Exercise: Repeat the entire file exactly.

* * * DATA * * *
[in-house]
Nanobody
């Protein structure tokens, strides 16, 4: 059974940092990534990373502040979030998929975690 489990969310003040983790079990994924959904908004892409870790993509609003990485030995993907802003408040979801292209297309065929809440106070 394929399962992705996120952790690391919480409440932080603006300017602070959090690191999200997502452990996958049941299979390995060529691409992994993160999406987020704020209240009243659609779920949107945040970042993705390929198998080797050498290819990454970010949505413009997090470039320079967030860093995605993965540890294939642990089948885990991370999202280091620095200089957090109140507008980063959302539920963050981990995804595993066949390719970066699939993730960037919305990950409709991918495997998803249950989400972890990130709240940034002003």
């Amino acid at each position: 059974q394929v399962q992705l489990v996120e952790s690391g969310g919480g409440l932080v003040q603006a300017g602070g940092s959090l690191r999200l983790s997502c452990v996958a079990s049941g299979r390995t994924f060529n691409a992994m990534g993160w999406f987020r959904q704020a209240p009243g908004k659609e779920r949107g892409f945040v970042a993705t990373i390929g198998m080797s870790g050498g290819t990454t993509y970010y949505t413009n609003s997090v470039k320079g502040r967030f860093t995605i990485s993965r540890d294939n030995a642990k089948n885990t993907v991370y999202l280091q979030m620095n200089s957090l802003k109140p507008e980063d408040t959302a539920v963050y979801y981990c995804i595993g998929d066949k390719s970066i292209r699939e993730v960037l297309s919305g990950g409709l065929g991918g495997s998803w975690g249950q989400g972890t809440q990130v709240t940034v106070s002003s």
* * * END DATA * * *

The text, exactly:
[in-house]
Nanobody
């Protein structure tokens, strides 16, 4: 059974940092990534990373502040979030998929975690 489990969310003040983790079990994924959904908004892409870790993509609003990485030995993907802003408040979801292209297309065929809440106070 394929399962992705996120952790690391919480409440932080603006300017602070959090690191999200997502452990996958049941299979390995060529691409992994993160999406987020704020209240009243659609779920949107945040970042993705390929198998080797050498290819990454970010949505413009997090470039320079967030860093995605993965540890294939642990089948885990991370999202280091620095200089957090109140507008980063959302539920963050981990995804595993066949390719970066699939993730960037919305990950409709991918495997998803249950989400972890990130709240940034002003």
């Amino acid at each position: 059974q394929v399962q992705l489990v996120e952790s690391g969310g919480g409440l932080v003040q603006a300017g602070g940092s959090l690191r999200l983790s997502c452990v996958a079990s049941g299979r390995t994924f060529n691409a992994m990534g993160w999406f987020r959904q704020a209240p009243g908004k659609e779920r949107g892409f945040v970042a993705t990373i390929g198998m080797s870790g050498g290819t990454t993509y970010y949505t413009n609003s997090v470039k320079g502040r967030f860093t995605i990485s993965r540890d294939n030995a642990k089948n885990t993907v991370y999202l280091q979030m620095n200089s957090l802003k109140p507008e980063d408040t959302a539920v963050y979801y981990c995804i595993g998929d066949k390719s970066i292209r699939e993730v960037l297309s919305g990950g409709l065929g991918g495997s998803w975690g249950q989400g972890t809440q990130v709240t940034v106070s002003s």